Pakistan Security Brief

Tribesman file suit against CIA legal chief over drone strikes; Shift to attacks on U.S. targets abroad seen in AQ strategy; House panel releases bill that would block Pakistan aid; Zardari and Karzai to discuss security in Kabul; Pakistan yet to work on torture report; Eleven militants killed in Kurram clash; Five militants killed by remote-controlled bomb; Karachi violence comes from a history of political and ethnic tension; Shahzad did not drive car to Islamabad before death; Sufi Muhammad faces murder and treason charges; Aid workers kidnapped in Balochistan.


Drone Strike Backlash

  • On Monday, three Waziristan tribesmen “filed a complaint with the police” against former CIA legal counsel John A. Rizzo for approving drone strikes that killed civilians. One of the tribesmen who lodged the complaint insists that his brother and son, who were both killed in suspected CIA drone strikes, were “peaceful Pakistani citizens.” The tribesmen’s attorney, Mirza Shahzad Akbar, claims Rizzo is liable for the wrongful deaths of civilians killed in drone strikes as he was responsible for approving a list of people to be targeted in the attacks. Akbar is also the founder of the Foundation for Fundamental Rights, an NGO currently partnered with the U.K.-based rights group Reprieve in an effort to draw attention to civilian deaths resulting from drone strikes. Reprieve and the Foundation for Fundamental Rights are sponsoring a photo exhibit showing the destruction caused by U.S. drone strikes in Pakistan. The exhibit opened on Tuesday in a London gallery.[i]

Al Qaeda to Alter Strategy

U.S.-Pakistan Relations

  • On Monday, Congresswoman Ileana Ros-Lehtinen, R-Fla., released an initial draft of a bill that would “block” aid to Pakistan, Egypt, Lebanon, and the Palestinian Authority “unless the Obama administration reassures Congress that they are cooperating in the worldwide fight against terrorism.” Aid to Pakistan, specifically, would be blocked unless the Secretary of State can reassure Congress that the government of Pakistan is “fully assisting the United States with investigating the existence of an official or unofficial support network in Pakistan for Osama bin Laden, including by providing the United States with direct access to Osama bin Laden's relatives in Pakistan and to Osama bin Laden's former compound in Abottabad.”[iii]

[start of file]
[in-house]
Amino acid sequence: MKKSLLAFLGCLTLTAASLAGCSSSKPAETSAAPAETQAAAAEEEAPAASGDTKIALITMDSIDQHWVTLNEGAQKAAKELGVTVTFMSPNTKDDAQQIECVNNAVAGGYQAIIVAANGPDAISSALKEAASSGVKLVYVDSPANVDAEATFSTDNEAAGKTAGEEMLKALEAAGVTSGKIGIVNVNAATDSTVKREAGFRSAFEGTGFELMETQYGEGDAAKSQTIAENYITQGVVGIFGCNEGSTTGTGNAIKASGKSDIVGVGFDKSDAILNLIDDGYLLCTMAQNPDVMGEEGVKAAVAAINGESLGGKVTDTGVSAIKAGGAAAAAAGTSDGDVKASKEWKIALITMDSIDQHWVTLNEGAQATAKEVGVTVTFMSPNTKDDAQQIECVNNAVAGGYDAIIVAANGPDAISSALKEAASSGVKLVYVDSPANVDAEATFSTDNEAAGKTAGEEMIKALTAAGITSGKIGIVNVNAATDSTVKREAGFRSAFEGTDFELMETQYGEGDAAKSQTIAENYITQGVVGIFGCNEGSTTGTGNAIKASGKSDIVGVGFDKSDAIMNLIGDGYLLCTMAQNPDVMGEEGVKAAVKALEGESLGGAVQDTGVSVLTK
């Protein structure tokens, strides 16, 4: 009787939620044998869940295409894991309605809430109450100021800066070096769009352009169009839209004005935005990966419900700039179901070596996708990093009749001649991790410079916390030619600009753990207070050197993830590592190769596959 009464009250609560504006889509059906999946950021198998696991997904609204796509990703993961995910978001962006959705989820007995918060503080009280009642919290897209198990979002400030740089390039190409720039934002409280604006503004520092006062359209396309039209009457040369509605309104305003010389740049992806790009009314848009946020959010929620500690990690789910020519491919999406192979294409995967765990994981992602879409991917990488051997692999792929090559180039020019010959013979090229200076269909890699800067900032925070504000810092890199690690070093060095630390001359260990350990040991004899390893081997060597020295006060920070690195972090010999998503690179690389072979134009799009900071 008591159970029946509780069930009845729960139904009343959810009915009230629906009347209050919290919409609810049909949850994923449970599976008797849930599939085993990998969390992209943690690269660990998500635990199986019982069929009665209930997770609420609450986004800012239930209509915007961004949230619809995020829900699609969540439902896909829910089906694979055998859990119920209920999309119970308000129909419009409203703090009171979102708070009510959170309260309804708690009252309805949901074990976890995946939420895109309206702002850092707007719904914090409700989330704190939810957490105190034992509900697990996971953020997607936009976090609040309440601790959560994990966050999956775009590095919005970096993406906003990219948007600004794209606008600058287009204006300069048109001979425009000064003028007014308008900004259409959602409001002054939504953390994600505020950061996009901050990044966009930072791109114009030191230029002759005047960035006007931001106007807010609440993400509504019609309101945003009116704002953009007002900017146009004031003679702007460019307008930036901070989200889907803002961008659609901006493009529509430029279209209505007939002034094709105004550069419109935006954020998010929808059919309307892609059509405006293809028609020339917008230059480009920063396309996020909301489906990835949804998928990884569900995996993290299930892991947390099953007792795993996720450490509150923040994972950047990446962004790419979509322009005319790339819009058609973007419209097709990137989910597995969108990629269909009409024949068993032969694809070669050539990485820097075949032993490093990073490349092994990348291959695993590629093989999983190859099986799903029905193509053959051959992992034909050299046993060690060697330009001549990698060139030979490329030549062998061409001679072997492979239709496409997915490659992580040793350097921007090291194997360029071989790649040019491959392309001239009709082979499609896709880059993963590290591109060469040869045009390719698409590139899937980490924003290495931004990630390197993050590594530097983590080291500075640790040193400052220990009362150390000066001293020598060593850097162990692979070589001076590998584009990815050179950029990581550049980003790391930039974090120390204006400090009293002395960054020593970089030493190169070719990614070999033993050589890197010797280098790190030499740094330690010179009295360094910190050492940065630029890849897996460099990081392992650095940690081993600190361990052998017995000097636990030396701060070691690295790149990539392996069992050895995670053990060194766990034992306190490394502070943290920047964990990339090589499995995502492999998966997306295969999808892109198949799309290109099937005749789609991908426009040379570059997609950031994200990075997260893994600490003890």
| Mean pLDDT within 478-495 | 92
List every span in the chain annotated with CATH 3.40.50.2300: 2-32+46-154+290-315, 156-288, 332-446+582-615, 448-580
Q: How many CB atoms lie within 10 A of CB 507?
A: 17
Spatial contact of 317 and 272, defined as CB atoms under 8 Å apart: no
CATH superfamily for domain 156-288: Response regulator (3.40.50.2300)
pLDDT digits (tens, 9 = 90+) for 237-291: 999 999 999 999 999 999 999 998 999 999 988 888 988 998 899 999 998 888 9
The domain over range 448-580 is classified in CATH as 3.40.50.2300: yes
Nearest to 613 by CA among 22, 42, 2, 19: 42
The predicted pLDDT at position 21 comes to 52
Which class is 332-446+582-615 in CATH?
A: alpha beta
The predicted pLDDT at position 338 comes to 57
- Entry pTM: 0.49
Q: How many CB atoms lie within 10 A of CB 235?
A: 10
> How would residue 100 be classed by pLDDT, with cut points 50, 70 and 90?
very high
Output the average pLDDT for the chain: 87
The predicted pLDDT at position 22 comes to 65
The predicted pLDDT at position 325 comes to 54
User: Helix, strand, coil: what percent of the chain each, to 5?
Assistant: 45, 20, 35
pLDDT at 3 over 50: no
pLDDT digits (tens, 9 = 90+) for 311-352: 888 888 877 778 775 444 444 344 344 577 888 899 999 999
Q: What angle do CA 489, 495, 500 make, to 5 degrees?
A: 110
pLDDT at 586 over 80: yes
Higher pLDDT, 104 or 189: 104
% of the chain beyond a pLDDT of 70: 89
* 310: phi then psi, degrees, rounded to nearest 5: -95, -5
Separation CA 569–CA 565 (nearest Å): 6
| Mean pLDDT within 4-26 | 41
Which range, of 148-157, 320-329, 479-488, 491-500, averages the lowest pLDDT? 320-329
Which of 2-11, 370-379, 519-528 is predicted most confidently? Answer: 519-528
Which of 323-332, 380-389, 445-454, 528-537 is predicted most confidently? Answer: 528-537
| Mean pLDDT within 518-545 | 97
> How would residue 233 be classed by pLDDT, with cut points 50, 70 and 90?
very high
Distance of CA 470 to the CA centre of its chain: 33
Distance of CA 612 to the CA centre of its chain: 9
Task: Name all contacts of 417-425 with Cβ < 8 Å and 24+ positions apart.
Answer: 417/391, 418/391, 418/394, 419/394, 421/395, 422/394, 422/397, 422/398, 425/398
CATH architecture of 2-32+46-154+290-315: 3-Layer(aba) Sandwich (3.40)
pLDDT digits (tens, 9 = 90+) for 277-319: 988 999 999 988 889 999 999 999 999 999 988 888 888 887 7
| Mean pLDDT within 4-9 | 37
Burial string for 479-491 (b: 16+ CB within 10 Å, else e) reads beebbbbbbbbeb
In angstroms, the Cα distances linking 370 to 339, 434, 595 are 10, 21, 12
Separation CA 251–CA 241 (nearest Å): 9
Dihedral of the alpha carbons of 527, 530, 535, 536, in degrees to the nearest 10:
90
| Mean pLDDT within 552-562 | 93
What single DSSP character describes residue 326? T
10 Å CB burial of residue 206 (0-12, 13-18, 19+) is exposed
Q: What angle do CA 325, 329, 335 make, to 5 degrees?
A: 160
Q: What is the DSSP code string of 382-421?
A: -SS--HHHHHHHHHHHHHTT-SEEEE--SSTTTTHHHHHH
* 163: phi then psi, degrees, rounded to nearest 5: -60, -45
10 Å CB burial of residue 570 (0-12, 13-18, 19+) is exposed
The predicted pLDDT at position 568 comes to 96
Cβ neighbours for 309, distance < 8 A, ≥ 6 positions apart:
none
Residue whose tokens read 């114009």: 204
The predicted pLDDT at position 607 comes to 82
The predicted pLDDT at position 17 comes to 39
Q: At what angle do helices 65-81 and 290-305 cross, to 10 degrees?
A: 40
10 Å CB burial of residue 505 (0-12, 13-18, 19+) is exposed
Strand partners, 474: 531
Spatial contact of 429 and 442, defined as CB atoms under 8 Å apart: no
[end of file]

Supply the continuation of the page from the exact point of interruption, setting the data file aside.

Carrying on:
Pak-Afghan Relations

Torture in Pakistan



  • A Washington Post report details the roots of violence in Karachi. The report explains how political and ethnic tension between the Pashtun and Mohajir populations has brought Karachi to the brink of chaos. The Urdu-speaking Mohajirs, represented by the Muttahida Qaumi Movement (MQM[RNJ1] ), say the Pashtun population is “sheltering terrorists in Karachi,” while the Pashtuns, represented by the Awami National Party (ANP), say Karachi’s Pashtuns have been pushed out of political representation for too long.[viii]

Trials and Investigations



[i] “Pakistanis seek arrest of former CIA legal chief over drone attacks,” Reuters, July 19, 2011. Available at
“Photo Exhibit Shows Alleged US Drone Strikes,” AP, July 19, 2011. Available at
[ii] “Al Qaeda Seen Aiming at Targets Outside U.S.,” WSJ, July 19, 2011. Available at
[iii] “House bill to limit aid to Pakistan, Palestinians,” AP, July 19, 2011. Available at
[iv] “Af-pak relations: Zardari to hold talks in Kabul today,” Express Tribune, July 19, 2011. Available at
“Afghan mortars kill Pakistani soldiers,” AFP, July 19, 2011. Available at
[v] “Torture – a word missing in Pakistan’s penal code,” Express Tribune, July 19, 2011. Available at
[vi] “Security forces kill 11 militants in Kurram,” Dawn, July 19, 2011. Available at
[vii] “Blast kills five militants in South Waziristan,” Geo, July 19, 2011. Available at
[viii] “Violence in Pakistan’s largest city exposes deep divides,” Washington Post, July 19, 20111. Available at
[ix] “Death of a journalist: ‘Shahzad’s car was brought to dumping site in a container,’” Express Tribune, July 19,2011. Available at
[x] “Court charges Sufi Mohammad with murder, treason,” Express Tribune, July 18, 2011. Available at
[xi] “Pakistani Workers of U.S. Aid Agency Feared Kidnapped,” Reuters, July 19, 2011. Available at
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